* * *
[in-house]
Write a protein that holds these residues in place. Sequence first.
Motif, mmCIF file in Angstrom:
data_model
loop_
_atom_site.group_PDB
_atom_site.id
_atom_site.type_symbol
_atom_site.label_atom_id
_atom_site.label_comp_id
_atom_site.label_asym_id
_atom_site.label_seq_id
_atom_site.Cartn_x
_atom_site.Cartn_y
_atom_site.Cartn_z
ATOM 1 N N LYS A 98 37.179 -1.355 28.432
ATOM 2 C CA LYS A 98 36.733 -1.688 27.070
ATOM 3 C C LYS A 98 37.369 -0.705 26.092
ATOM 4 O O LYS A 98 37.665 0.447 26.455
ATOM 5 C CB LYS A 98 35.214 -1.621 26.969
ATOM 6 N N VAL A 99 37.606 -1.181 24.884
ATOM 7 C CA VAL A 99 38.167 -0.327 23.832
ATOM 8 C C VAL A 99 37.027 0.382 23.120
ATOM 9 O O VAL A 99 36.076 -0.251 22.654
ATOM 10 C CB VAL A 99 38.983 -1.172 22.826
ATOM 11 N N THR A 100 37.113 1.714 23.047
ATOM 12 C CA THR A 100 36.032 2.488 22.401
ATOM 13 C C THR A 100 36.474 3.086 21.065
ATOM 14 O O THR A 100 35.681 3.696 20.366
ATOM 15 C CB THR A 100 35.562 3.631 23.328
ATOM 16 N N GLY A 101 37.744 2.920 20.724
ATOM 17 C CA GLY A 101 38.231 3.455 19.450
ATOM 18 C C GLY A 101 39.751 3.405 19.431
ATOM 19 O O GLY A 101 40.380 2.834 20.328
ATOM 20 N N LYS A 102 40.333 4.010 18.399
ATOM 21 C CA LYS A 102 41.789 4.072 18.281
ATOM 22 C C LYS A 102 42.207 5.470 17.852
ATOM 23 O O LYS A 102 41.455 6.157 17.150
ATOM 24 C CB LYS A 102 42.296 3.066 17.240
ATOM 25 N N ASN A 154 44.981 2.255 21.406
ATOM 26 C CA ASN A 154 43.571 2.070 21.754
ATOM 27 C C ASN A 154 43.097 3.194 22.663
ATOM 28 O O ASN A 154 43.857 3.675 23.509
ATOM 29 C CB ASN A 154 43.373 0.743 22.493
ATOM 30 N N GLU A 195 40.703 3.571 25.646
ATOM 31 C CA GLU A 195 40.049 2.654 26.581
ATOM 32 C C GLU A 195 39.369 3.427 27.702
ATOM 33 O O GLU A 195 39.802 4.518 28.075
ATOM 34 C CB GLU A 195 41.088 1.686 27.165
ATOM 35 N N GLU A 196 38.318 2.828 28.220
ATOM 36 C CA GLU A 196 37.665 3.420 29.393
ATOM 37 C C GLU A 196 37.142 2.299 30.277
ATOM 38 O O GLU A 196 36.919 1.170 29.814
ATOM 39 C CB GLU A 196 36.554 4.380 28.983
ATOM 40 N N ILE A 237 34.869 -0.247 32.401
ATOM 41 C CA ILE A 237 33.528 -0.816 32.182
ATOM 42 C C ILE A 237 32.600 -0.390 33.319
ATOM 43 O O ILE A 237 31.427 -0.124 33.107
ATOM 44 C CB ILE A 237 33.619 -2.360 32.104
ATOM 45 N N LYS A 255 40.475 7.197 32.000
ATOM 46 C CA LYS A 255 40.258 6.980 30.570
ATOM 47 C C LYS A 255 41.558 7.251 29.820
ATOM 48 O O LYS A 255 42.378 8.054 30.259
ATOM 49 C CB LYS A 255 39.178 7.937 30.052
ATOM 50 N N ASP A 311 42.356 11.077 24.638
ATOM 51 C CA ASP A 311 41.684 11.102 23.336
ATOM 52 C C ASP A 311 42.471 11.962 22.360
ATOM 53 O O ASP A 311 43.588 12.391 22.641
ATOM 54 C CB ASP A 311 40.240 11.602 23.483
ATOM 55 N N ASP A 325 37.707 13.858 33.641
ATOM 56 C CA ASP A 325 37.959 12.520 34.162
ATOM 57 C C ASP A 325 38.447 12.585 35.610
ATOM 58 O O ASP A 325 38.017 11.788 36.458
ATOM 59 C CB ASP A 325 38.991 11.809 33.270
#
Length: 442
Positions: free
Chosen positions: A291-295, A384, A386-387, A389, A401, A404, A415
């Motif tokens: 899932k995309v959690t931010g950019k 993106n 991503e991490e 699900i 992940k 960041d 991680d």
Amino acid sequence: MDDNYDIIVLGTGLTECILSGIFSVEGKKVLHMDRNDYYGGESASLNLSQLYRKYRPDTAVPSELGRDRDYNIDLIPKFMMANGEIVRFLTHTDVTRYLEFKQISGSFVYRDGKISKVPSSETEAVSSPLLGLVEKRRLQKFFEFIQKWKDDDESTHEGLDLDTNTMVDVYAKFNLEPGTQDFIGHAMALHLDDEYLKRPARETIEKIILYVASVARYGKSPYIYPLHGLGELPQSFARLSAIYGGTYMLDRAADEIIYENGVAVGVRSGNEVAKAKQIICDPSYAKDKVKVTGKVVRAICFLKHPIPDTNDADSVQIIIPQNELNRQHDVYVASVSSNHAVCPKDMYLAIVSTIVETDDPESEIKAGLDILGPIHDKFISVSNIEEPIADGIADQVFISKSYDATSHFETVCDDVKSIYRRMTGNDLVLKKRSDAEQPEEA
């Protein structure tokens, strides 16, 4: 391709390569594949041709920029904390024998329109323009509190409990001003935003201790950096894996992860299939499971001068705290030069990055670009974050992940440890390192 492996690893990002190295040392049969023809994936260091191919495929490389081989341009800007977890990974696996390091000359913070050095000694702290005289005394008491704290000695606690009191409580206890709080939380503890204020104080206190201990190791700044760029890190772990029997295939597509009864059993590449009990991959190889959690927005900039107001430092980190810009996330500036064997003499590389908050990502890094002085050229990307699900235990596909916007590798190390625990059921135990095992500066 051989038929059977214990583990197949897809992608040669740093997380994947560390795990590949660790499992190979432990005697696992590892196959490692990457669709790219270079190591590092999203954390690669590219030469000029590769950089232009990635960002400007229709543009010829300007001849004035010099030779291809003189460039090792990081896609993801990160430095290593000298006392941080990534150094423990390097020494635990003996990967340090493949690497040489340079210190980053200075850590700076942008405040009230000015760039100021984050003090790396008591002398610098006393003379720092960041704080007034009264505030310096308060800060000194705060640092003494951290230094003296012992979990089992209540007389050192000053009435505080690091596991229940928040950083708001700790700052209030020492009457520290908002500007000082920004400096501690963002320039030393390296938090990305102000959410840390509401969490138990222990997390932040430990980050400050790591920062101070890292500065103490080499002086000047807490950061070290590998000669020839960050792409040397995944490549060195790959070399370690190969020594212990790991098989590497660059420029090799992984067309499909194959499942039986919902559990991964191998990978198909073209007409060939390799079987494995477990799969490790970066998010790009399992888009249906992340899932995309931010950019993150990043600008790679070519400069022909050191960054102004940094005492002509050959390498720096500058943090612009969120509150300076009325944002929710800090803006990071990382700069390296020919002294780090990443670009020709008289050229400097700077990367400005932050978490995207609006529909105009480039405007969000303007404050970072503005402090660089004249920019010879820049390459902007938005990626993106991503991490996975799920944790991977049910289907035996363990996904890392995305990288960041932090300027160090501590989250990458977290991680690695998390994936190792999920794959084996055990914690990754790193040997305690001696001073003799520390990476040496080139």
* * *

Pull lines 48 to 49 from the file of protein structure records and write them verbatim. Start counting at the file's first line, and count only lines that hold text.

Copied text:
ATOM 33 O O GLU A 195 39.802 4.518 28.075
ATOM 34 C CB GLU A 195 41.088 1.686 27.165